FROM ALAN MeELWAIN IN ROME
R what is believed to be the first time in Italy, two-thirds of the priests in a diocese have asked the Vatican to hear their views before a new bishop is appointed.
In Nole, province of Naples, which has 365.000 Catholics, 150 priests say they hope their request to be heard will not be taken as opposition to legitimate ecclesiastical authority, but rather as indicating a willingness and anxiety to collaborate in a matter deeply affecting the welfare of the diocese.
They also stress they are not in any way challenging the authority of Pope Paul, who has the last word on the appointment of bishops.
The Note priests say there have been "radical social changes" in the diocese since the late Bishop Adolfo Binnin took office 18 years ago. They are afraid that a new bishop ignoraot of the diocese and 'its grave problems, might find himself in difficulty.
AFTER THE DUTCH Their move follows the upheaval in Rotterdam over the appointment, against the wishes of the diocesan Pastoral Council, of Bishop Simonis, who was considered to conservative for that diocese.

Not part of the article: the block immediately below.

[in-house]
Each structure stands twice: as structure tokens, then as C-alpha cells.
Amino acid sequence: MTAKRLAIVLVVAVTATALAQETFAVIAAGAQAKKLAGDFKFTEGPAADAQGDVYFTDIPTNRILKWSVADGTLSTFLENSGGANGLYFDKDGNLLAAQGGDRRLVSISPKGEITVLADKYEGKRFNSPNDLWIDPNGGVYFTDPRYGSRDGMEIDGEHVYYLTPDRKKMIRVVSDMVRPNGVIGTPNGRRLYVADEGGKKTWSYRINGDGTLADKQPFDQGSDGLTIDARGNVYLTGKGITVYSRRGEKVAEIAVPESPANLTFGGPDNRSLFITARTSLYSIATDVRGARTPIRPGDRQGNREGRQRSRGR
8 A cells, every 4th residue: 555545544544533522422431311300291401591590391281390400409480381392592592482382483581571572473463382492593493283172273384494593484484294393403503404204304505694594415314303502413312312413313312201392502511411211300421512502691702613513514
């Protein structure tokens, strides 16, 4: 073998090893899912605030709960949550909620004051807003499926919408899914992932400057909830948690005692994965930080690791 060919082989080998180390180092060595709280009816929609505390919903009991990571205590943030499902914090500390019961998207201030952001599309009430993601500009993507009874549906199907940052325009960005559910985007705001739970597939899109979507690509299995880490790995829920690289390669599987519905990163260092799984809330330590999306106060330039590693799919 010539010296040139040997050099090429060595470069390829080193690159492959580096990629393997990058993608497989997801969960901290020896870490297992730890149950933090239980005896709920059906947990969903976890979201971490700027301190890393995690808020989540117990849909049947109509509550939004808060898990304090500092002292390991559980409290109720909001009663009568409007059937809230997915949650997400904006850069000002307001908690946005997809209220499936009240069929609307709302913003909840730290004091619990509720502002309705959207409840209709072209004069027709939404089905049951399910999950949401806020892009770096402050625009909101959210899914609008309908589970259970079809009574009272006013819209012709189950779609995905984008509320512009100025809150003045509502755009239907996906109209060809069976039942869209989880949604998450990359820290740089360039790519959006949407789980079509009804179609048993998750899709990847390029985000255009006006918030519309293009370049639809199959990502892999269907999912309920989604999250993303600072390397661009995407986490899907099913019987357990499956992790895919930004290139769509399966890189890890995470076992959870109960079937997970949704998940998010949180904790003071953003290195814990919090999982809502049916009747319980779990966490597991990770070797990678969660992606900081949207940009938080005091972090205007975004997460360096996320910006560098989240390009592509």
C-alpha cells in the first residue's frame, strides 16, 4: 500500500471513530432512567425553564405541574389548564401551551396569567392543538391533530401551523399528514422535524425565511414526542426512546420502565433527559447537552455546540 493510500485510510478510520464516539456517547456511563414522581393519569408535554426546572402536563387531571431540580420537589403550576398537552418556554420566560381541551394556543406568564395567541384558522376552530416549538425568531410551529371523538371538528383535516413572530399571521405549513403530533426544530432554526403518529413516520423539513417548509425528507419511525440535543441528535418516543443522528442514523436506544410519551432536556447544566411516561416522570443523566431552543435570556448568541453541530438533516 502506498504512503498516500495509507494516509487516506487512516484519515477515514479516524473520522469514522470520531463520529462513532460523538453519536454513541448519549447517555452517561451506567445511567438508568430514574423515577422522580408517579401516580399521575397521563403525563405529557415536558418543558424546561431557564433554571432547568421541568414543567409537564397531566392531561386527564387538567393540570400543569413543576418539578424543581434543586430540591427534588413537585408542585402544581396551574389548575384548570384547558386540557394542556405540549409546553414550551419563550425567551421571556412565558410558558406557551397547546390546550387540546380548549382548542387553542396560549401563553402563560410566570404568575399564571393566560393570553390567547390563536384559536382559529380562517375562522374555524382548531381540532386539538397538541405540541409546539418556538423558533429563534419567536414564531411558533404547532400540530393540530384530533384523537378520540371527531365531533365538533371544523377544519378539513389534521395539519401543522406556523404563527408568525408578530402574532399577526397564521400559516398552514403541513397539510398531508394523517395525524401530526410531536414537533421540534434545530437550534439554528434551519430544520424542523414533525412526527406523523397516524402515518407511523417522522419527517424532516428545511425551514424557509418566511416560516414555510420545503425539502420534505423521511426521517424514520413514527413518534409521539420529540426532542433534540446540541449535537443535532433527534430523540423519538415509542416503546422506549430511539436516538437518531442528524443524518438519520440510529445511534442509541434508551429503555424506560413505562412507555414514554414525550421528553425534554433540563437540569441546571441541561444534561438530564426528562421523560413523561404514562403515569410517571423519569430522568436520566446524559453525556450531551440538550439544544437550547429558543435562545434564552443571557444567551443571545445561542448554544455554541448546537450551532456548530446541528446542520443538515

Recently the Presbyterial Council of Alba, in Piedmont, North Italy, protested against
51-year-old Bishop Liogi Bongianino, who was elected a few months ago. The priests accused him of authoritarian methods in running the diocese. After what was described as a "lively meeting," with the Bishop himself in the chair, the Council passed a motion disapproving his actions in making important decisions without first consulting his clergy.
The priests cited the case of Fr. Michele Balocco, for many years Vicar-General of Alba, who was dismissed because the Bishop disagreed with his policies which, on the other hand, were fully supported by the Presbyterial Council.